The record also contains evidence regarding Black's medical history. Black, who had been diagnosed with Marfan syndrome, developed a painful acetabula protrusion (intrapelvic displacement of a socket making up part of the hip joint) bilaterally, the left worse than the right. (ECF No. 28 at ¶ 26.) By April 1988, she had been unable to bear weight on it for over a year, and she elected to undergo a total left hip replacement. She had the surgery on April 4, 1988. (Id. at ¶¶ 26-27.) After approximately a week, her leg dropped off the side of the bed, resulting in a dislocation of the new prosthesis; so on April 12, 1988, Black underwent a second left hip surgery to repair the dislocation. (Id. at ¶¶ 28-29.) Two years later, Black experienced bone softening around the screws used to implant the prosthesis, which loosened the hardware; this led her to undergo a second total left hip replacement surgery. (Id. at ¶¶ 30-31.)

         Black then did well until July 2012. (ECF No. 28 at ¶ 32.) At that time, she presented to an orthopaedist and complained of pain in her hip. (Id.) She told the orthopaedist, Erik J. Carlson, that she was working at Little Caesars but that she was having some difficulty standing and walking for long periods. (Id.) Dr. Carlson noted that she walked with a Trendelenburg gait (i.e., an abnormal gait), so he referred her to physical therapy and recommended an orthotic insert. (Id. at ¶ 33.) After that, Black started using a crutch to walk. (Id. at ¶ 34.) On July 15, 2013, Black presented to Nurse Colleen L. Linari at Columbus Internal Medicine with complaints of left leg pain. (ECF No. 28 at ¶ 35.) Black stated that her pain had started approximately a year earlier but that it had recently increased. (Id.) At that time, she wore a brace on her knee and used a crutch to walk. (Id.) Nurse Linari referred Black to physical therapy and a CT scan, and she prescribed Ibuprofen 800, Flexeril, and Baclofen. In November 2013, Black advised Dr. Shasta Henderson that she had started using a crutch for ambulation about two or three months earlier. (Id. at ¶ 36.) A CT scan in 2013 revealed that Black had bone particle disease and that her hip bone replacement was breaking. (Id. at ¶ 37.)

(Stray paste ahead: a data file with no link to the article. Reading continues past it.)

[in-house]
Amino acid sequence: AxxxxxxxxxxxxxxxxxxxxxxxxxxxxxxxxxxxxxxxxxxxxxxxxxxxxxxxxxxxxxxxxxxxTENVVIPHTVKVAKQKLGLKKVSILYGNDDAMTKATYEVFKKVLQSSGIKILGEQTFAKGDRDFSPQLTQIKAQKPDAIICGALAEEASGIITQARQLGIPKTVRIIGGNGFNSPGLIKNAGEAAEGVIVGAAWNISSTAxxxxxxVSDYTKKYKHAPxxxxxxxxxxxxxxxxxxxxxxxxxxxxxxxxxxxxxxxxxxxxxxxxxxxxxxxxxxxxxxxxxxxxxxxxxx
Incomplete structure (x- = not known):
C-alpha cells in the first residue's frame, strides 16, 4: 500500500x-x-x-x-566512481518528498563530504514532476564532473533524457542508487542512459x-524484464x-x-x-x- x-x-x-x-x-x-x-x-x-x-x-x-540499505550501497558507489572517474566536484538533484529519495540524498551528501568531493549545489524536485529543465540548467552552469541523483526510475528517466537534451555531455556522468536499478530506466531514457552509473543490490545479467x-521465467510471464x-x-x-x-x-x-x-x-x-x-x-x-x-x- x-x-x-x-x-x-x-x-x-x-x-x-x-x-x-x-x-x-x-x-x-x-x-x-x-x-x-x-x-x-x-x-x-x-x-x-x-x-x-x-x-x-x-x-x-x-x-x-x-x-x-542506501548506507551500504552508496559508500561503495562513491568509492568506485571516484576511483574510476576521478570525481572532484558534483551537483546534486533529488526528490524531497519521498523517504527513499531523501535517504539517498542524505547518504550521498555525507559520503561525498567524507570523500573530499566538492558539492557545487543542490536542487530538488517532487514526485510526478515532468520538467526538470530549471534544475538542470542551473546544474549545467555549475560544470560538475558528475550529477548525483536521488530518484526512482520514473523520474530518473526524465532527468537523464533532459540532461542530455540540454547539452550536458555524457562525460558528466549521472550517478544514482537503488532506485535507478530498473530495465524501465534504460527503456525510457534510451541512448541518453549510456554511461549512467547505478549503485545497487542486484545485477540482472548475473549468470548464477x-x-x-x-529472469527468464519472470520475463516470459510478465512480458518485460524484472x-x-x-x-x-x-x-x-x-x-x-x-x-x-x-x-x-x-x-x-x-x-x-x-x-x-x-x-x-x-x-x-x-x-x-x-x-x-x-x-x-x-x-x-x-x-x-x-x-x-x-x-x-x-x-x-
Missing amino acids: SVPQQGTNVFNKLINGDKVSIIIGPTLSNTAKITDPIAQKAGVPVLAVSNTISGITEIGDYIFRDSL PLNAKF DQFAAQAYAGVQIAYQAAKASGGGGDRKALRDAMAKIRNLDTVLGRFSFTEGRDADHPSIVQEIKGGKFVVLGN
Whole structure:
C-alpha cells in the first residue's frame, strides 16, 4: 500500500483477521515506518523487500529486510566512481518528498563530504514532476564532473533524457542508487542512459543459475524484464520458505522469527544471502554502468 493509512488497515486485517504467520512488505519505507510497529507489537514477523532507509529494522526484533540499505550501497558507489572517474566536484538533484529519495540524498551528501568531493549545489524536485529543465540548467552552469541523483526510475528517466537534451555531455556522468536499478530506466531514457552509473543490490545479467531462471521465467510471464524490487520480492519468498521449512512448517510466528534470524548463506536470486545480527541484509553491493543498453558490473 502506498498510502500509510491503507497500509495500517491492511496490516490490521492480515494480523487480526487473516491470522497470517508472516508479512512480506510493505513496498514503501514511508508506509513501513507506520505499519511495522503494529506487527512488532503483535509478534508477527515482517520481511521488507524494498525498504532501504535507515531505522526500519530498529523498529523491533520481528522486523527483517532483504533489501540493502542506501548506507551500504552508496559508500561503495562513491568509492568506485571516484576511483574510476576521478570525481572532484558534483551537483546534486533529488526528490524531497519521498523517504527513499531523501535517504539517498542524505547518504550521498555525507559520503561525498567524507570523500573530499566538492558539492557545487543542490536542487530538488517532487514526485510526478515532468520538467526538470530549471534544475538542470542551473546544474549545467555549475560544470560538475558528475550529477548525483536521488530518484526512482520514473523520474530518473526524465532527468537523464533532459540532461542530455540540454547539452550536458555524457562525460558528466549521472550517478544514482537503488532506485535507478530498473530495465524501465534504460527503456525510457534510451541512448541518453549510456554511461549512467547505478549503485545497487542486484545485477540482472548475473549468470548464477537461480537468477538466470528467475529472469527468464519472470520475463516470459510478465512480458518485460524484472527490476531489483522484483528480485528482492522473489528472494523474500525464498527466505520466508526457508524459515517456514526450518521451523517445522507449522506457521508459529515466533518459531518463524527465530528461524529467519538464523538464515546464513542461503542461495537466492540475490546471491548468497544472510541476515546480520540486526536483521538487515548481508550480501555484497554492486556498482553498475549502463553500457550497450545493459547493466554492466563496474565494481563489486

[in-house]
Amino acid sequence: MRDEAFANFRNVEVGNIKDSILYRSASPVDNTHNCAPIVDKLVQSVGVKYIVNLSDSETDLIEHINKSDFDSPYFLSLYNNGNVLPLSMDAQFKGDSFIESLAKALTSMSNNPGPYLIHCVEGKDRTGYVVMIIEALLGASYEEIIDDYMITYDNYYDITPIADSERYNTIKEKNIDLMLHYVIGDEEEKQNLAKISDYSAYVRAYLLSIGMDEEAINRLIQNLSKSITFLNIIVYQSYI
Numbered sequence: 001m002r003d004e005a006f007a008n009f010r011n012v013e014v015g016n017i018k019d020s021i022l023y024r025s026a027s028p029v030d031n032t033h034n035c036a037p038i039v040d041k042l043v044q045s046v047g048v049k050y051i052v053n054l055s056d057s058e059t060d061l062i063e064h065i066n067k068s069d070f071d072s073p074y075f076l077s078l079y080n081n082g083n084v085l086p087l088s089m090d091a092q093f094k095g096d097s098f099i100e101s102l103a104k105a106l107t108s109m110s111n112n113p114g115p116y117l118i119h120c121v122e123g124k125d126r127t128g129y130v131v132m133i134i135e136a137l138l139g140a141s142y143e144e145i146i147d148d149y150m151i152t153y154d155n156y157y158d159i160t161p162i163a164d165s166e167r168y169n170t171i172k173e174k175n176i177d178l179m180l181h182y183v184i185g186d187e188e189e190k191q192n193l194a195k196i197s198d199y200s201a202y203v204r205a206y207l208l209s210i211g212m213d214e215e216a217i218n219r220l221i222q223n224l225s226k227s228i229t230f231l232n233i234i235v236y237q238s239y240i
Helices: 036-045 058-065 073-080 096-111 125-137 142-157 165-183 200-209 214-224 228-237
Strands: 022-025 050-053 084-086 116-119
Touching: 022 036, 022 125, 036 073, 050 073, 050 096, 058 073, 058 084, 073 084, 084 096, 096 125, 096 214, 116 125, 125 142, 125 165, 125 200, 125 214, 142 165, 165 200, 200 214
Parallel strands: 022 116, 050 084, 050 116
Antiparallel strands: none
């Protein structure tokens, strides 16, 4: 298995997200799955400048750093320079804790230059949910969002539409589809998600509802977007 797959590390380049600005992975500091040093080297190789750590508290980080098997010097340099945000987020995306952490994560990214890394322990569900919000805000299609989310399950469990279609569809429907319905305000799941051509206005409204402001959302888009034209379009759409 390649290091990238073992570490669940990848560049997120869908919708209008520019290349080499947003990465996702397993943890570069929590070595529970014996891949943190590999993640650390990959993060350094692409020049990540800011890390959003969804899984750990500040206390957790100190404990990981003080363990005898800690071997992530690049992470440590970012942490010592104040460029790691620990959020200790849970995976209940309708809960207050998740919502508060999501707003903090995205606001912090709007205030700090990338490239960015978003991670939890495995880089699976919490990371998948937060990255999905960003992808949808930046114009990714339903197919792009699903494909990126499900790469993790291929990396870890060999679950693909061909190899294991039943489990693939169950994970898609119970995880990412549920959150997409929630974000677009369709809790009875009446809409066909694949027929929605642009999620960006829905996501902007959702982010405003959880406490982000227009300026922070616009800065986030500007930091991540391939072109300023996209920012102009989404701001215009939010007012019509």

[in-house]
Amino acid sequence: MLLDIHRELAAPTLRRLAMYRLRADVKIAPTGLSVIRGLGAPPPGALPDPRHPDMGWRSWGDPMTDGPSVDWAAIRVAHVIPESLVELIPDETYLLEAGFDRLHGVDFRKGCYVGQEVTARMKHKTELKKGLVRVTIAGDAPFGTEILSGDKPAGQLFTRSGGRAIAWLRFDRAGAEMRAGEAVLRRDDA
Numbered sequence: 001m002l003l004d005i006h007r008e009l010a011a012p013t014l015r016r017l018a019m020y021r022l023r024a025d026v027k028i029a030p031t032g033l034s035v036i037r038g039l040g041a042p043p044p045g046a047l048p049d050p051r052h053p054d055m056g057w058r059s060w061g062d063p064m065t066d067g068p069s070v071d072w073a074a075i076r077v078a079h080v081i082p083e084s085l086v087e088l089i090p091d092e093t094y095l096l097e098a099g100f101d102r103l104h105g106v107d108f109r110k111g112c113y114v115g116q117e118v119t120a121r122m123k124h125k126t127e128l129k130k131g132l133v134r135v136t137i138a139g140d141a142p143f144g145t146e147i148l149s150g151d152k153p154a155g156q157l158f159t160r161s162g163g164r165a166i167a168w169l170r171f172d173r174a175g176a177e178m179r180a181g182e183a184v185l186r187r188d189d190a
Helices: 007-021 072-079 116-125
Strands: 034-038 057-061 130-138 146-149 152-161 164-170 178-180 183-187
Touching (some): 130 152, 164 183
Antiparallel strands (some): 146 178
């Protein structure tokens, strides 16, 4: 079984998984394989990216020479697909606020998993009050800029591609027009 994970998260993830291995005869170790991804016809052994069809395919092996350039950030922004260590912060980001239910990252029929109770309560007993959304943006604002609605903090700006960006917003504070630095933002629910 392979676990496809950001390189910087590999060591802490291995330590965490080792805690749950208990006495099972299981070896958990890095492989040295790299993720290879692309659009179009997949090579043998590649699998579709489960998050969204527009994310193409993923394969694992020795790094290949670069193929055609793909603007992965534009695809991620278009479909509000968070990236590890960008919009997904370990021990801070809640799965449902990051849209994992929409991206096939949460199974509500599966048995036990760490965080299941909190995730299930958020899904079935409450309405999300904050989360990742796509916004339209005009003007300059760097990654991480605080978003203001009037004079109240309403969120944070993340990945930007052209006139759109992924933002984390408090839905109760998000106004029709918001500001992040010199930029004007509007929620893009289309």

In connection with her application for disability benefits, on February 4, 2014, Black was examined by consultative neurosurgeon Martin P. Hasenfeld. (ECF No. 28 at ¶ 38.) She reported to Dr. Hasenfeld that she was undergoing a pre-surgical workup, hoping to undergo hip replacement surgery at Yale Orthopedic. (Id.) Dr. Hasenfeld observed that Black walked with a crutch at that time and that she needed a new hip replacement-but that she currently had adequate mobilization with an auxiliary crutch. (Id.) He noted that Black was able to perform seated activities and “believe[d] she is at a sedentary level at this time.” (Id. (quoting R. 406 et seq).)

         On March 28, 2014, after it was established that Black retained sufficient bone stock, she underwent a third total left hip replacement surgery. (ECF No. 28 at ¶ 39.) On April 1, 2014, she was transferred to Arden House for short-term rehabilitation. (Id. at ¶ 40.) She stated that she was feeling “pretty good” and that her pain was “not too bad.” (Id. (quoting R. at 544).) She received physical therapy and was stable during her stay. (Id.) On April 11, 2014, she was discharged. (Id.) At that time, she was “up and about” and using a walker. (Id. (quoting R. at 546).)

         In May 2014, at an appointment with Nurse Dresden, Black reported that she was not in a great deal of pain, except for when she performed her physical therapy exercises. (ECF No. 28 at ¶ 41.) Nurse Dresden prescribed Oxycodone for ...